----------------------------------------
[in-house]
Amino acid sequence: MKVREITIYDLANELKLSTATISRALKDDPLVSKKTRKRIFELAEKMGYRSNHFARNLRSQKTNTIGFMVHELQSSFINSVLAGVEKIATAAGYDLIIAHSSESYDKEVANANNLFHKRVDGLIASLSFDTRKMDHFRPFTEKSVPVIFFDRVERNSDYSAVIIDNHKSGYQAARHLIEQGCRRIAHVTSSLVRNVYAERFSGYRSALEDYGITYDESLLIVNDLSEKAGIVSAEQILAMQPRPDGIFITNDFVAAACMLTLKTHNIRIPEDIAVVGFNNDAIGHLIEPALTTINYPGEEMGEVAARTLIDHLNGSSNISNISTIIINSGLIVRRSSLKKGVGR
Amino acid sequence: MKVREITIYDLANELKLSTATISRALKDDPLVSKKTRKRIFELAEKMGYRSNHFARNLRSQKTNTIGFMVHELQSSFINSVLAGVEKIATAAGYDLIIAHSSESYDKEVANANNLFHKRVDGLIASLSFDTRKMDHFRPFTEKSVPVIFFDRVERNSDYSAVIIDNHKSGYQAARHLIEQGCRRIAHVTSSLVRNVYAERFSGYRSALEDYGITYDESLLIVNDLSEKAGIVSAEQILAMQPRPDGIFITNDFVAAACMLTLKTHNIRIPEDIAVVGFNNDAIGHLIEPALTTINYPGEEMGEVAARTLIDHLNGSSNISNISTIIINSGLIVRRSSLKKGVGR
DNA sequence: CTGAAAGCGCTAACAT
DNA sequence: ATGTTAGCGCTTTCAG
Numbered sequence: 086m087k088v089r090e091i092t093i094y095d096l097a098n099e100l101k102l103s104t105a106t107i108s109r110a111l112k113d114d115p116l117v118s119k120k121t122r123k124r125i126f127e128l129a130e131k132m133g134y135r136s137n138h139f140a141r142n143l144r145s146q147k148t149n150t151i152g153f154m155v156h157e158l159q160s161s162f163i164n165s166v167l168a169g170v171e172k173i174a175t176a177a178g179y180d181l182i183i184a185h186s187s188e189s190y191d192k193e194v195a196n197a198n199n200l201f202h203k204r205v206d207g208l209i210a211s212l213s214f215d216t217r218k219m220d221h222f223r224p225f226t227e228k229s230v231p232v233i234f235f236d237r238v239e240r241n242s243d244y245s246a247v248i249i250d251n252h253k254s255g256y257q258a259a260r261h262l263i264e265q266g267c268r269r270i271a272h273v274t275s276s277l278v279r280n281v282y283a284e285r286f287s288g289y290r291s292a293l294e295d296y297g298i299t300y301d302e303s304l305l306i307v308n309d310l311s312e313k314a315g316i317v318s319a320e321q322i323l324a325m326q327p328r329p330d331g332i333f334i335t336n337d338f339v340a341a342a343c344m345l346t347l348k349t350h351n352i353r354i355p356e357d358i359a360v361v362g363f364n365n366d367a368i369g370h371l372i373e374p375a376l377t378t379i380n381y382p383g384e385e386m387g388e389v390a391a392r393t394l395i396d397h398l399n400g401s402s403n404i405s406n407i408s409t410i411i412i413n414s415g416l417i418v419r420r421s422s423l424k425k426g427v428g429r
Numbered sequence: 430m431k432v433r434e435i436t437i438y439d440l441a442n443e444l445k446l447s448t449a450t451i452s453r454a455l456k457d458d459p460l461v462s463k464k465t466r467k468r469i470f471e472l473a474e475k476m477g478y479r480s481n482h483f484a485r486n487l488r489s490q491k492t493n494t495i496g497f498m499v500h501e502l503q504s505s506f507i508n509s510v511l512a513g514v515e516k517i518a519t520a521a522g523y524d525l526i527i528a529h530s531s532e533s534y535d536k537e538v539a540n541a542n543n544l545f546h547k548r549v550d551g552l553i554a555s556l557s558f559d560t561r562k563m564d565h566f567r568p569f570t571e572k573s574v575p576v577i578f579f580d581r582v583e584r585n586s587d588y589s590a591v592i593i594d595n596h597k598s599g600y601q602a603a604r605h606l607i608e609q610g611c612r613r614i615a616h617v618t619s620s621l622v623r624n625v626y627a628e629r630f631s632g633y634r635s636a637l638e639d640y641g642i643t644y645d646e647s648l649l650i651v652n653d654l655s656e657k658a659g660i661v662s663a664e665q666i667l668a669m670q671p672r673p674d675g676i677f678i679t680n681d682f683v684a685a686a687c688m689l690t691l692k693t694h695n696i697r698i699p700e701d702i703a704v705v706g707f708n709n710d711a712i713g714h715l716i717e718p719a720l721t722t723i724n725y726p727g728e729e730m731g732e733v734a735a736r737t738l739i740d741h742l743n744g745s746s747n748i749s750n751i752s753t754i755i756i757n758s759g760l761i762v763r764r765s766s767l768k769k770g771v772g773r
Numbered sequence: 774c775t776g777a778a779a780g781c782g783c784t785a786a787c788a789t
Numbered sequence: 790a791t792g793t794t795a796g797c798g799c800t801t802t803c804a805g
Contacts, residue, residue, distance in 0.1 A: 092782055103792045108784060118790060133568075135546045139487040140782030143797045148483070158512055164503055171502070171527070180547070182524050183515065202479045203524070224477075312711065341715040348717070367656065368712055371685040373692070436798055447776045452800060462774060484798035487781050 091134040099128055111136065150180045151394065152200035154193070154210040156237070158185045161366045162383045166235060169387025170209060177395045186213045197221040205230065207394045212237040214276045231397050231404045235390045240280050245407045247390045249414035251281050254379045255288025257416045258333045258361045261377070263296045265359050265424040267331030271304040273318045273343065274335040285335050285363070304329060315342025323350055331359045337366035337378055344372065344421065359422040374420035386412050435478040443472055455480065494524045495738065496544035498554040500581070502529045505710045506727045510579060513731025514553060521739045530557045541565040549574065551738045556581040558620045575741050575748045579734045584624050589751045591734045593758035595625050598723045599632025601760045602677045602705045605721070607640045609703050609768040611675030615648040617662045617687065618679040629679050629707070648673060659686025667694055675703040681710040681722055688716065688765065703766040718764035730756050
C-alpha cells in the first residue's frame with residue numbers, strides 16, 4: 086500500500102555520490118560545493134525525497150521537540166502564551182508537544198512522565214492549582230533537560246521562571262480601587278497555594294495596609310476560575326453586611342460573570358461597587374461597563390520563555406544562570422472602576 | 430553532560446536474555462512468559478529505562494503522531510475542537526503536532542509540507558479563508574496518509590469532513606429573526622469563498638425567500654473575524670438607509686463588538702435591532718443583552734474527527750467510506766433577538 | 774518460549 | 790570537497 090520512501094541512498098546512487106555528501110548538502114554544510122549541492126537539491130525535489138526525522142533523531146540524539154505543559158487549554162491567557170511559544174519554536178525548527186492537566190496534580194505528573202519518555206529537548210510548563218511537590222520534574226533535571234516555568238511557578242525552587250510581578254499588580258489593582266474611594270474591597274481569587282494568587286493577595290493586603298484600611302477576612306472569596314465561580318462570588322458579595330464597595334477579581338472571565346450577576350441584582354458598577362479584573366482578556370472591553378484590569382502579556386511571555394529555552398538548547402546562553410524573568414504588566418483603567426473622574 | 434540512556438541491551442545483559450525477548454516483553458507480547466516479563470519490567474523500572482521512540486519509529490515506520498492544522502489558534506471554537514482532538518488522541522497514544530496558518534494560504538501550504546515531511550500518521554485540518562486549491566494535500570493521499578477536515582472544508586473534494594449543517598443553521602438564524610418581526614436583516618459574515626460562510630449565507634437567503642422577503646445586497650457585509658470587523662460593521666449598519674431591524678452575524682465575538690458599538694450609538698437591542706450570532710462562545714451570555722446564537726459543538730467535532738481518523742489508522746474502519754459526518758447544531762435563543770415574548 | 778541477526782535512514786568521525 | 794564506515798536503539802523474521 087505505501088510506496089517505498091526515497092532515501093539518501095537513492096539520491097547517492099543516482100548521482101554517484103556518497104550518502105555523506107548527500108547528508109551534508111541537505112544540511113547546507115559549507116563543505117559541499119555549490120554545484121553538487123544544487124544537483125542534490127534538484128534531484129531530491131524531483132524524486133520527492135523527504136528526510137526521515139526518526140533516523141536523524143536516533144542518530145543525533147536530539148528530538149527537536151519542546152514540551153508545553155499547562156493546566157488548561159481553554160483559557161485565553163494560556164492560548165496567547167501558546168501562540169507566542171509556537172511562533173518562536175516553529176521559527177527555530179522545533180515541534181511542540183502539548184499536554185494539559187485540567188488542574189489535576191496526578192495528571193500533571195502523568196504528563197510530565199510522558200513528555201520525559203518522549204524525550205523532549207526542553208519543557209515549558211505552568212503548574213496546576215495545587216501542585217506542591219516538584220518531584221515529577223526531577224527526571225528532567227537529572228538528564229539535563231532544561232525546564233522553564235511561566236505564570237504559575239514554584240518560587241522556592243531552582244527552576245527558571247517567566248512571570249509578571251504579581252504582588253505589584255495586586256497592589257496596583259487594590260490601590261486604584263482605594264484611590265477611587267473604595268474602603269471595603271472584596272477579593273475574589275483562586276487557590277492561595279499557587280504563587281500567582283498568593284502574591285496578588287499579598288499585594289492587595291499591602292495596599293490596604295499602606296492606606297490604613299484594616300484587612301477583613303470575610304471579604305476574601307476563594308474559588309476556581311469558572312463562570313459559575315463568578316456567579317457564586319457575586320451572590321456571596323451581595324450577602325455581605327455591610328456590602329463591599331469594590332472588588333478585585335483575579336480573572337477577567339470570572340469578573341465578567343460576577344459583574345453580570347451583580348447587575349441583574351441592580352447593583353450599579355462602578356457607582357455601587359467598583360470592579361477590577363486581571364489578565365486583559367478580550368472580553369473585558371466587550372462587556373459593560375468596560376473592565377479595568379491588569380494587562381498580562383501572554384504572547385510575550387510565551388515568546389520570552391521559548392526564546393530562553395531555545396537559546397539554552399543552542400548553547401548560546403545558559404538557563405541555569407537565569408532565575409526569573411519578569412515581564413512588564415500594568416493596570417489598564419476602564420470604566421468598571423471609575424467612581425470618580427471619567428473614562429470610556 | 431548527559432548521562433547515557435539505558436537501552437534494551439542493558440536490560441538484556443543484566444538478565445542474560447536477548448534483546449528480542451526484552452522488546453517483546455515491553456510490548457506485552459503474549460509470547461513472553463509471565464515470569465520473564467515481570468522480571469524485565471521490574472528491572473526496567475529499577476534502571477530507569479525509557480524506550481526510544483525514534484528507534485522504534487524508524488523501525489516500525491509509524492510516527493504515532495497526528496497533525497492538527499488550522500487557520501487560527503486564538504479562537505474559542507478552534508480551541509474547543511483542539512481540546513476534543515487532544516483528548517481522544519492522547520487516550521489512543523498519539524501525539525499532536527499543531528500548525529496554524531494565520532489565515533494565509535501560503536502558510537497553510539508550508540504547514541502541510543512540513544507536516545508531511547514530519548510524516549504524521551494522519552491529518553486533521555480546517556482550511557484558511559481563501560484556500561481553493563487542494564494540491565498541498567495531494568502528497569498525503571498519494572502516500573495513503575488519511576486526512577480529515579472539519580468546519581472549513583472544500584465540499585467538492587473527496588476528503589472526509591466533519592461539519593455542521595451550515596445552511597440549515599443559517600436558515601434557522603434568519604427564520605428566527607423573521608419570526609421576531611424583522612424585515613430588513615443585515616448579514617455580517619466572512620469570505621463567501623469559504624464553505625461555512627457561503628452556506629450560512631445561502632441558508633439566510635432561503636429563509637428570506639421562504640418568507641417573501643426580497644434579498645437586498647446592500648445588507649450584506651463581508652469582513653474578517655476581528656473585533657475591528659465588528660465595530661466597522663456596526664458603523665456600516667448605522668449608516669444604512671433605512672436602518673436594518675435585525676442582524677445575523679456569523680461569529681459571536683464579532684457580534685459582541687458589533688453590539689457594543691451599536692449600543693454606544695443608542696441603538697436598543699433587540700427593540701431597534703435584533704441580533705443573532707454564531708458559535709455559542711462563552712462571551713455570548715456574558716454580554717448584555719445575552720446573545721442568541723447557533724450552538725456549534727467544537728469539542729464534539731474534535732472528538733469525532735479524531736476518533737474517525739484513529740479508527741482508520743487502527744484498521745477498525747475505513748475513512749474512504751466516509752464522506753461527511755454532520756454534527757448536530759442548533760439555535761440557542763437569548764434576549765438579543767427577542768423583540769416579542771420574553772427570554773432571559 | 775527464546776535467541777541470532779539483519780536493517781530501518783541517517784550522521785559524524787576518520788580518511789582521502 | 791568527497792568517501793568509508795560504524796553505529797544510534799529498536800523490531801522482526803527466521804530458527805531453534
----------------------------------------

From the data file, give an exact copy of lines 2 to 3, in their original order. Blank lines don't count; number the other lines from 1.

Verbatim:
Amino acid sequence: MKVREITIYDLANELKLSTATISRALKDDPLVSKKTRKRIFELAEKMGYRSNHFARNLRSQKTNTIGFMVHELQSSFINSVLAGVEKIATAAGYDLIIAHSSESYDKEVANANNLFHKRVDGLIASLSFDTRKMDHFRPFTEKSVPVIFFDRVERNSDYSAVIIDNHKSGYQAARHLIEQGCRRIAHVTSSLVRNVYAERFSGYRSALEDYGITYDESLLIVNDLSEKAGIVSAEQILAMQPRPDGIFITNDFVAAACMLTLKTHNIRIPEDIAVVGFNNDAIGHLIEPALTTINYPGEEMGEVAARTLIDHLNGSSNISNISTIIINSGLIVRRSSLKKGVGR
Amino acid sequence: MKVREITIYDLANELKLSTATISRALKDDPLVSKKTRKRIFELAEKMGYRSNHFARNLRSQKTNTIGFMVHELQSSFINSVLAGVEKIATAAGYDLIIAHSSESYDKEVANANNLFHKRVDGLIASLSFDTRKMDHFRPFTEKSVPVIFFDRVERNSDYSAVIIDNHKSGYQAARHLIEQGCRRIAHVTSSLVRNVYAERFSGYRSALEDYGITYDESLLIVNDLSEKAGIVSAEQILAMQPRPDGIFITNDFVAAACMLTLKTHNIRIPEDIAVVGFNNDAIGHLIEPALTTINYPGEEMGEVAARTLIDHLNGSSNISNISTIIINSGLIVRRSSLKKGVGR